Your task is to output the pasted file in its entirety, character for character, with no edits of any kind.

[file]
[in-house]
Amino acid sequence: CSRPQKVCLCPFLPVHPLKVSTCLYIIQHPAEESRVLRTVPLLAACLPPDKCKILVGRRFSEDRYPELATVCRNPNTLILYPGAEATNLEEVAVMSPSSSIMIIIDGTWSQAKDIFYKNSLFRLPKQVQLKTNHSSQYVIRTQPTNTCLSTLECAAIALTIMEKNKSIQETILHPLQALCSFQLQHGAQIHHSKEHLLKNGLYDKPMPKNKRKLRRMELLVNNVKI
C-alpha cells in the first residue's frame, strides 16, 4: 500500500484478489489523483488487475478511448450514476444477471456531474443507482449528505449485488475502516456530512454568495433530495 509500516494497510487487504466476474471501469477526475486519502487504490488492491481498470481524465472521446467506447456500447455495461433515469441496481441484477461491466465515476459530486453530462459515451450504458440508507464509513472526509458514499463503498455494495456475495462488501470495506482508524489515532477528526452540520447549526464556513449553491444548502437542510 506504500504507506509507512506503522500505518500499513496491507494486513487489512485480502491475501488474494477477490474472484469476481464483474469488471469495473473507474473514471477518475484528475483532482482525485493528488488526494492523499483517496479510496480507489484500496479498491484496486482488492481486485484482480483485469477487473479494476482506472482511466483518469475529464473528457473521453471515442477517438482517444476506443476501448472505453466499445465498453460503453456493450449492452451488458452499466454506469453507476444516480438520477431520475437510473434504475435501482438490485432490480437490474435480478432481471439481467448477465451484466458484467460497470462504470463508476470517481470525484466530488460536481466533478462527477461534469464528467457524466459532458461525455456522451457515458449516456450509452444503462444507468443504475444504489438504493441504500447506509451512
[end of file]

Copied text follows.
[in-house]
Amino acid sequence: CSRPQKVCLCPFLPVHPLKVSTCLYIIQHPAEESRVLRTVPLLAACLPPDKCKILVGRRFSEDRYPELATVCRNPNTLILYPGAEATNLEEVAVMSPSSSIMIIIDGTWSQAKDIFYKNSLFRLPKQVQLKTNHSSQYVIRTQPTNTCLSTLECAAIALTIMEKNKSIQETILHPLQALCSFQLQHGAQIHHSKEHLLKNGLYDKPMPKNKRKLRRMELLVNNVKI
C-alpha cells in the first residue's frame, strides 16, 4: 500500500484478489489523483488487475478511448450514476444477471456531474443507482449528505449485488475502516456530512454568495433530495 509500516494497510487487504466476474471501469477526475486519502487504490488492491481498470481524465472521446467506447456500447455495461433515469441496481441484477461491466465515476459530486453530462459515451450504458440508507464509513472526509458514499463503498455494495456475495462488501470495506482508524489515532477528526452540520447549526464556513449553491444548502437542510 506504500504507506509507512506503522500505518500499513496491507494486513487489512485480502491475501488474494477477490474472484469476481464483474469488471469495473473507474473514471477518475484528475483532482482525485493528488488526494492523499483517496479510496480507489484500496479498491484496486482488492481486485484482480483485469477487473479494476482506472482511466483518469475529464473528457473521453471515442477517438482517444476506443476501448472505453466499445465498453460503453456493450449492452451488458452499466454506469453507476444516480438520477431520475437510473434504475435501482438490485432490480437490474435480478432481471439481467448477465451484466458484467460497470462504470463508476470517481470525484466530488460536481466533478462527477461534469464528467457524466459532458461525455456522451457515458449516456450509452444503462444507468443504475444504489438504493441504500447506509451512